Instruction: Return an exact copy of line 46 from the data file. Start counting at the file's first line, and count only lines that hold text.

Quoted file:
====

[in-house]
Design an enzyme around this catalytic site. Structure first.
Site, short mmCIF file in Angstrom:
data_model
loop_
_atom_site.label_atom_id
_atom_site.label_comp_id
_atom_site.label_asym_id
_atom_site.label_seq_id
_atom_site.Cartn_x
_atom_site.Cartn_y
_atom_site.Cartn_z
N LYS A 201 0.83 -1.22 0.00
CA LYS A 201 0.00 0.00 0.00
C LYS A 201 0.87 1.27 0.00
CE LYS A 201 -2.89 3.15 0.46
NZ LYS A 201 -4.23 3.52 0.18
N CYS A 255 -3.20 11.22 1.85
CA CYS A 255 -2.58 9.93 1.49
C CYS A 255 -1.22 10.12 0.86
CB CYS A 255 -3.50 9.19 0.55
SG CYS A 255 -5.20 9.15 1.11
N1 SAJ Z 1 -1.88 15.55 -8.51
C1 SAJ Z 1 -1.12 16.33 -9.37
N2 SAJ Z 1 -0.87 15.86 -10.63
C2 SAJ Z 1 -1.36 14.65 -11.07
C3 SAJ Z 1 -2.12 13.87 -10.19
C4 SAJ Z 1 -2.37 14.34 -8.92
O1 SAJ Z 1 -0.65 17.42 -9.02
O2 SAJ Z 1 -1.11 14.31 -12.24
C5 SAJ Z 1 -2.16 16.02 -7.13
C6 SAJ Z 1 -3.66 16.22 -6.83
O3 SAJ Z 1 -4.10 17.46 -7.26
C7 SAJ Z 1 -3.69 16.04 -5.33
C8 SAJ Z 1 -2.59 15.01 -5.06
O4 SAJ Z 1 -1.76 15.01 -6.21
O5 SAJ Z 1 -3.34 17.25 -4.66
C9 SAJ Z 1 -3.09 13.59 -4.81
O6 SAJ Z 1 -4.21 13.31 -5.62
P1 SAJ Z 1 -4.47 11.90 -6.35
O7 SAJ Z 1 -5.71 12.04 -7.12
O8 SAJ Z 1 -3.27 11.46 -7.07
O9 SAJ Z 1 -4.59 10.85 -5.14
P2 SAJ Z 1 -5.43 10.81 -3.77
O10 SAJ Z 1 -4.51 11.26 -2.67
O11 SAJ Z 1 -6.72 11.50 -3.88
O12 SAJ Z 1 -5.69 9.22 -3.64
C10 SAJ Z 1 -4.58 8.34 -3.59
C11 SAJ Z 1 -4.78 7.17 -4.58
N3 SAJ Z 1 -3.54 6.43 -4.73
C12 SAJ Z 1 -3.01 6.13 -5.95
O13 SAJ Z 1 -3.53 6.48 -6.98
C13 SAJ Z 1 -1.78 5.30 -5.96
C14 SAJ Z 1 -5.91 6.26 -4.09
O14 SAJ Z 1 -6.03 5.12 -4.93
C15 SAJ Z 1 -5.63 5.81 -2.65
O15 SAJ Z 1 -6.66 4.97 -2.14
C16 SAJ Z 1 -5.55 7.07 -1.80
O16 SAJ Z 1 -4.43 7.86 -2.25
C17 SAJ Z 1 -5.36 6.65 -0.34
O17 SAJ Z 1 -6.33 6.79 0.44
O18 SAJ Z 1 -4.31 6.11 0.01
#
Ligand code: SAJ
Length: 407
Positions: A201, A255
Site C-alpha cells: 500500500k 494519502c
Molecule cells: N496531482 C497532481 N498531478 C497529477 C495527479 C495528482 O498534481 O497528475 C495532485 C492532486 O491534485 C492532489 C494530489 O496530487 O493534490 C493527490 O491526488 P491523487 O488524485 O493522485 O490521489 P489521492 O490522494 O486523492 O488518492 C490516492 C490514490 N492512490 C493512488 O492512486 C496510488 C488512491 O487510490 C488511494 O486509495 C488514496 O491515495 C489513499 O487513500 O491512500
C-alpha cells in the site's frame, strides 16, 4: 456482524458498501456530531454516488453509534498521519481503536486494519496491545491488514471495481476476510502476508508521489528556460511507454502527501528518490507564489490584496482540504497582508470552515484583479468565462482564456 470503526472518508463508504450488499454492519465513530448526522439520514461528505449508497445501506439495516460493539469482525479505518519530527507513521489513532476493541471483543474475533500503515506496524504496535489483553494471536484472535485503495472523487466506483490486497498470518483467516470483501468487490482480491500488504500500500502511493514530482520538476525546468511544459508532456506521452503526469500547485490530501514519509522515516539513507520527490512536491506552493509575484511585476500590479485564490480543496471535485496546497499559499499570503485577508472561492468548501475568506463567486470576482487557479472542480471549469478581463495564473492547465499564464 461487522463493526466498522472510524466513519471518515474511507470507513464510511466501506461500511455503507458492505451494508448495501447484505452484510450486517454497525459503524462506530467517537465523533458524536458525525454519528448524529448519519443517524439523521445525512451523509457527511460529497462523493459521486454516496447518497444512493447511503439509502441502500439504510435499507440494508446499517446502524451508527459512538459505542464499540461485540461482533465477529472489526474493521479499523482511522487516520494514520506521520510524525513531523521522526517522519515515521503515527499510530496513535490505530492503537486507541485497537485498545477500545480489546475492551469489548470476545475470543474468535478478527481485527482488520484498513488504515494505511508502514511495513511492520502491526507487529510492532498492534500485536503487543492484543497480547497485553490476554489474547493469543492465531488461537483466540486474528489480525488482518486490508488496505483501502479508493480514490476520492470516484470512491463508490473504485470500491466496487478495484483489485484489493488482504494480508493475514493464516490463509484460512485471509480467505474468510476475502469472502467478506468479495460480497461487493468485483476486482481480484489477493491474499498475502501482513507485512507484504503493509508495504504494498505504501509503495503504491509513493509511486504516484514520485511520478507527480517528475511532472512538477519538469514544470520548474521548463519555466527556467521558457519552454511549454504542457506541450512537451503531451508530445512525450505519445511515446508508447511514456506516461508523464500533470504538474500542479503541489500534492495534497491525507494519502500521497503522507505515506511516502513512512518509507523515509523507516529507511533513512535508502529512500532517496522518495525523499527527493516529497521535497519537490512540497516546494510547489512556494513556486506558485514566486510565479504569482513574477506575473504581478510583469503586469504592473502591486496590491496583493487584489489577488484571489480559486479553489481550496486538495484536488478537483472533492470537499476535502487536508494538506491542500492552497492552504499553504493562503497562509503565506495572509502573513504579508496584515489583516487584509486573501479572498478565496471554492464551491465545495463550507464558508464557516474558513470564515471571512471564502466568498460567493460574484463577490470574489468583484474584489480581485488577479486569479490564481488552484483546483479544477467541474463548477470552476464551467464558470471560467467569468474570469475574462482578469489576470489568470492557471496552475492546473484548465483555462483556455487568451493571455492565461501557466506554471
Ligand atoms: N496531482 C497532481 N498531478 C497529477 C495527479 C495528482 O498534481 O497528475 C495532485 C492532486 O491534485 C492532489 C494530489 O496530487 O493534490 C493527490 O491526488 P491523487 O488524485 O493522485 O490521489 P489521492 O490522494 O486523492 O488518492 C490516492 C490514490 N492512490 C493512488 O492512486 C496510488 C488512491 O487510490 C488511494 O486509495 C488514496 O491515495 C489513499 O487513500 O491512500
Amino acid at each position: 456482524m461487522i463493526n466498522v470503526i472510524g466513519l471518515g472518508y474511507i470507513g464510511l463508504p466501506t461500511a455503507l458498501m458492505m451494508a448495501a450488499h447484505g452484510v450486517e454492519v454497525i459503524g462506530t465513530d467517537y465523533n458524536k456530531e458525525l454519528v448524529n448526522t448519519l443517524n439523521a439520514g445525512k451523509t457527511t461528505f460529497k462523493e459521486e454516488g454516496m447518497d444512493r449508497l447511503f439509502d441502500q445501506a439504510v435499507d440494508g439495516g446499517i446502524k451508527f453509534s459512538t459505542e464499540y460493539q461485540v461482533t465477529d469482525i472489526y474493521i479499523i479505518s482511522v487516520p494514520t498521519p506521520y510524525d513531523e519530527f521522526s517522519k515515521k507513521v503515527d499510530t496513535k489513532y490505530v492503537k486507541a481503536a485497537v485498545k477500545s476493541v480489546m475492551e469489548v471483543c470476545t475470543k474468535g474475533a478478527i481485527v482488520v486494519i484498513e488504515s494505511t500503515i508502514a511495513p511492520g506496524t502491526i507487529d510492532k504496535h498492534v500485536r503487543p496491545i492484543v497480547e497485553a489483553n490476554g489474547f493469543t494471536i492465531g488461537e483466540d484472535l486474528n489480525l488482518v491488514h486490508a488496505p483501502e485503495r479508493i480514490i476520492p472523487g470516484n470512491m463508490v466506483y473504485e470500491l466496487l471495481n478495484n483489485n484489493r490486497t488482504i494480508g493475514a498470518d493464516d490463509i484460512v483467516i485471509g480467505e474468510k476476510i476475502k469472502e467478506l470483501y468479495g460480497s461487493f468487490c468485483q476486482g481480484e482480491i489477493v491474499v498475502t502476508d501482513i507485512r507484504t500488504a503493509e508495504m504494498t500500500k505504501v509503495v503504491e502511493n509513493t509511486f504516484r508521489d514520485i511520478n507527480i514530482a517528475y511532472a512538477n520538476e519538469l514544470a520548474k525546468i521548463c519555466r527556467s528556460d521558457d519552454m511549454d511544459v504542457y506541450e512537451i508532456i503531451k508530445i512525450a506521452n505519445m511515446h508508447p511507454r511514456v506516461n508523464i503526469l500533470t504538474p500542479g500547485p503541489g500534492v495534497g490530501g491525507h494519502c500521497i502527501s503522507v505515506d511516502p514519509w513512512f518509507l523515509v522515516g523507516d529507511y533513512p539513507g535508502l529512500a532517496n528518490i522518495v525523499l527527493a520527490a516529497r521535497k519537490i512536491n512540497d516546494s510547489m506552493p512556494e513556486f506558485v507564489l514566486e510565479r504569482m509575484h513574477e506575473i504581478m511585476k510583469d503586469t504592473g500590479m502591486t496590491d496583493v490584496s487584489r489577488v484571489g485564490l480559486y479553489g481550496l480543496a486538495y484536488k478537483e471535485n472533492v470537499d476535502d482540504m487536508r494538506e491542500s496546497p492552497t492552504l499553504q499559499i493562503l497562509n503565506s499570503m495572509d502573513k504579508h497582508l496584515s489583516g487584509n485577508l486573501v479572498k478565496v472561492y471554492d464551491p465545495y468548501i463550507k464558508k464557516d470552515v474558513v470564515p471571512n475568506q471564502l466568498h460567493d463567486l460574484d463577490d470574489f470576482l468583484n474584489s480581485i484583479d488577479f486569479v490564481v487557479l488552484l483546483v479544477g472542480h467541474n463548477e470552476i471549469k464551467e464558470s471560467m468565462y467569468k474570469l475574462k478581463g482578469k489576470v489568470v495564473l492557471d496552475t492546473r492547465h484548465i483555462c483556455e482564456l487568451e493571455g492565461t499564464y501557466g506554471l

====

O11 SAJ Z 1 -6.72 11.50 -3.88